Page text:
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Connecticut’s Window Closing On Sports Betting

Connecticut State Flag

Many states’ legislative sessions are expiring soon. This leaves these last few weeks as crunch time to address the most pressing matters at hand. Unfortunately for states like Connecticut, sports betting may not be on top of the list.

Sports betting legalization is a complicated process, no matter which way you spin it. There is no easy solution to launching a brand new gambling network. Gambling is already a touchy subject in most states, so expanding on the current status quo involves a lot of moving parts. Many states are finding that out as they hold talks on what legal sports betting would look like. On the brick-and-mortar side, you have to deal with existing casinos, potentially building new betting venues, etc.

On the online side, you have to consider licensed offshore sportsbooks (which present the main competition) and proper regulation to safeguard consumers’ personal and financial information. There is also the matter of working with the sports leagues and figuring out where the proceeds from sports gambling will go.

Louisiana and Kansas stalled their sports betting efforts. They decided to wait back and get more information on the subject in hopes of making a more informed decision. Maryland are in the same boat since their legislative session ended without any sports gambling bills making it to the governor’s desk. Connecticut is looking at a similar situation. House Speaker Joe Aresimowicz recently spoke to the press and relayed a negative outlook on the state’s progress towards legalization.

At one point, Connecticut looked to have a strong chance of passing sports gambling. There were multiple hearings regarding sports betting that ended on a positive note. Bills appeared in both chambers, though it is the House version that has made the most progress. Aresimowicz revealed that he does not see anything happening with the House bill due to the ‘moving parts’ involved. His sentiments were shared by Minority Leader Themis Klarides.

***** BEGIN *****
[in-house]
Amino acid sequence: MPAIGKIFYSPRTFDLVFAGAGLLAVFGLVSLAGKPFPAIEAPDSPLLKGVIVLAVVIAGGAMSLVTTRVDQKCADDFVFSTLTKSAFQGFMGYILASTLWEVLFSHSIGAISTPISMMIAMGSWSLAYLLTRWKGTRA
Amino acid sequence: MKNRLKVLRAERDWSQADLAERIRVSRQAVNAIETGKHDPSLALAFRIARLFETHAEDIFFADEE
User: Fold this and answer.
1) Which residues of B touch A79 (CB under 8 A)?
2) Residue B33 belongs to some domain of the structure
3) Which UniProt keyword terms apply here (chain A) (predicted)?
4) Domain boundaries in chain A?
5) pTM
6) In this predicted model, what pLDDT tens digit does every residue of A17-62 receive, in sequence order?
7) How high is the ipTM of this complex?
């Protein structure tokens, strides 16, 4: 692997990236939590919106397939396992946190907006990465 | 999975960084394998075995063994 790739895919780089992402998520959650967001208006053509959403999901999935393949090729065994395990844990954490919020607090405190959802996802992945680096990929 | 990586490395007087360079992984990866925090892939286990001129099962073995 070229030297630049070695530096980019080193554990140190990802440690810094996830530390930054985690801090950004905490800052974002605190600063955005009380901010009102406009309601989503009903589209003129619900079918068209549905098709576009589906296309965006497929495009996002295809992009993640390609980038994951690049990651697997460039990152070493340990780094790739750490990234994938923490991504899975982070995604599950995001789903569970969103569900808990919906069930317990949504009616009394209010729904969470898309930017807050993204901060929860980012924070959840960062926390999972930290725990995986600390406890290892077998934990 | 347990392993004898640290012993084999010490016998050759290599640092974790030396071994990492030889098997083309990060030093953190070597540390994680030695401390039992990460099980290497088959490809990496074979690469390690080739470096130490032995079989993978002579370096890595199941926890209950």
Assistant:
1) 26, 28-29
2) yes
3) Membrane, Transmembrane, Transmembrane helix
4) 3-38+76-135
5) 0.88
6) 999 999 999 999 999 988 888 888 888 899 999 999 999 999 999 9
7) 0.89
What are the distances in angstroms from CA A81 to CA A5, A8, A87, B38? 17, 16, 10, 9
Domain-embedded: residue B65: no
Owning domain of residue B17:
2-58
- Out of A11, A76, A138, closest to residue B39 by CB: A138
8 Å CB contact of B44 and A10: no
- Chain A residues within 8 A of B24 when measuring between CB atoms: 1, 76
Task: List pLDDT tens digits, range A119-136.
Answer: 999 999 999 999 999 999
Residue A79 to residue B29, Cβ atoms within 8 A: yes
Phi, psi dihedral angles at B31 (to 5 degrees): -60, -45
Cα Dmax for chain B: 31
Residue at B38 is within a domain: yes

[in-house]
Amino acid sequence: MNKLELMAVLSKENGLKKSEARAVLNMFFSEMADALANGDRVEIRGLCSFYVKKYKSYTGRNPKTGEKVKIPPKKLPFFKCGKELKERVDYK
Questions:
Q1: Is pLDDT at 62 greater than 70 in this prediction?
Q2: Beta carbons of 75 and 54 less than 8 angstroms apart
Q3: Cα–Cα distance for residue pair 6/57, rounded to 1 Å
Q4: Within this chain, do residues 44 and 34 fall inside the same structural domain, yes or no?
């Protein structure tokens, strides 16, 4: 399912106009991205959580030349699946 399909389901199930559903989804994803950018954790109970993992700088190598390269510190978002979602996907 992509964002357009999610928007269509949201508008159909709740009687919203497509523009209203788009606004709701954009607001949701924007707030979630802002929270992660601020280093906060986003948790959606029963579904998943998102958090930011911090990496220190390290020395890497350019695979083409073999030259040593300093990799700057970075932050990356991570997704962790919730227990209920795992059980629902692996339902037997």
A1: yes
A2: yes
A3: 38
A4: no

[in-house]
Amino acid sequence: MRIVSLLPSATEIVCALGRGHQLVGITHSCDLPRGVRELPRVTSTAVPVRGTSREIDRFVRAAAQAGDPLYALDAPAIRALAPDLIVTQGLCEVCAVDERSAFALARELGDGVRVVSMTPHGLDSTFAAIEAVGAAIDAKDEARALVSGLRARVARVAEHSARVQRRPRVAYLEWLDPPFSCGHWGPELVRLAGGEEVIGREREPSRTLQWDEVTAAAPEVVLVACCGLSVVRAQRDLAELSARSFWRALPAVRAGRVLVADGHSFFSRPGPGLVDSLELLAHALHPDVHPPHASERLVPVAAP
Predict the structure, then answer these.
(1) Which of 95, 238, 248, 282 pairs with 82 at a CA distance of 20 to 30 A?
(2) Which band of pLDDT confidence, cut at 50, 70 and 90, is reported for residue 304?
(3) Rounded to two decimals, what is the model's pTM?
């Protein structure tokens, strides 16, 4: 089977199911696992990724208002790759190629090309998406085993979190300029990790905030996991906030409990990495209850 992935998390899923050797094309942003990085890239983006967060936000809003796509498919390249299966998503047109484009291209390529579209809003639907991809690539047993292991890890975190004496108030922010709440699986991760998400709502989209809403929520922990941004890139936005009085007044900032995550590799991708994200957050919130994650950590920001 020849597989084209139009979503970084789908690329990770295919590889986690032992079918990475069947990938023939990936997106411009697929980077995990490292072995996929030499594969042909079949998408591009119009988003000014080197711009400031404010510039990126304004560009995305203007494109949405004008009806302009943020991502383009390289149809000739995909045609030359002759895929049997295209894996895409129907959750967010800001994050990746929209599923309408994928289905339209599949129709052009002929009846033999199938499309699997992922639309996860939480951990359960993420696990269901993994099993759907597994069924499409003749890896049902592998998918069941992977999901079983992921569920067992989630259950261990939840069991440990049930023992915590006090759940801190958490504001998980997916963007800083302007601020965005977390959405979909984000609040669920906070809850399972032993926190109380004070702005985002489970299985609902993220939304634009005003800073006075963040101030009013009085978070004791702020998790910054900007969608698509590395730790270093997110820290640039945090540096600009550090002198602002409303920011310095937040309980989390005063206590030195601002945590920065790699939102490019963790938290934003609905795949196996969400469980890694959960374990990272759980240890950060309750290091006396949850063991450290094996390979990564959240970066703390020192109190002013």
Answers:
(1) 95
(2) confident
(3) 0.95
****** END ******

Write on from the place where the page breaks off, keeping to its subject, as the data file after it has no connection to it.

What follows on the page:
Connecticut’s main issues stem from the Native American tribes that host gambling. Both the Mohegan and Mashantucket Pequot tribes hold exclusive gaming rights. These rights are not cheaper either and require multimillion dollar payments to the state. There would need to be some revisions to the existing state-tribe compacts to bring in legal sports betting. However, there is some positivity brewing with a newly proposed casino to be called East Windsor. This venture would be jointly operated by the tribes on commercial land (meaning the state would be involved as well). East Windsor could become the home of sports betting in the state if it ever comes to pass.

Whether or not Connecticut would include online sports betting in their efforts remains to be seen, but online betting capabilities are an essential part of a successful betting platform. With session set to expire on May 9, it looks like Connecticut’s time may be running out. If they do not get anything passed, at least they will have more time to figure things out. It also leaves time for federal sports betting laws to be resolved and possibly repealed.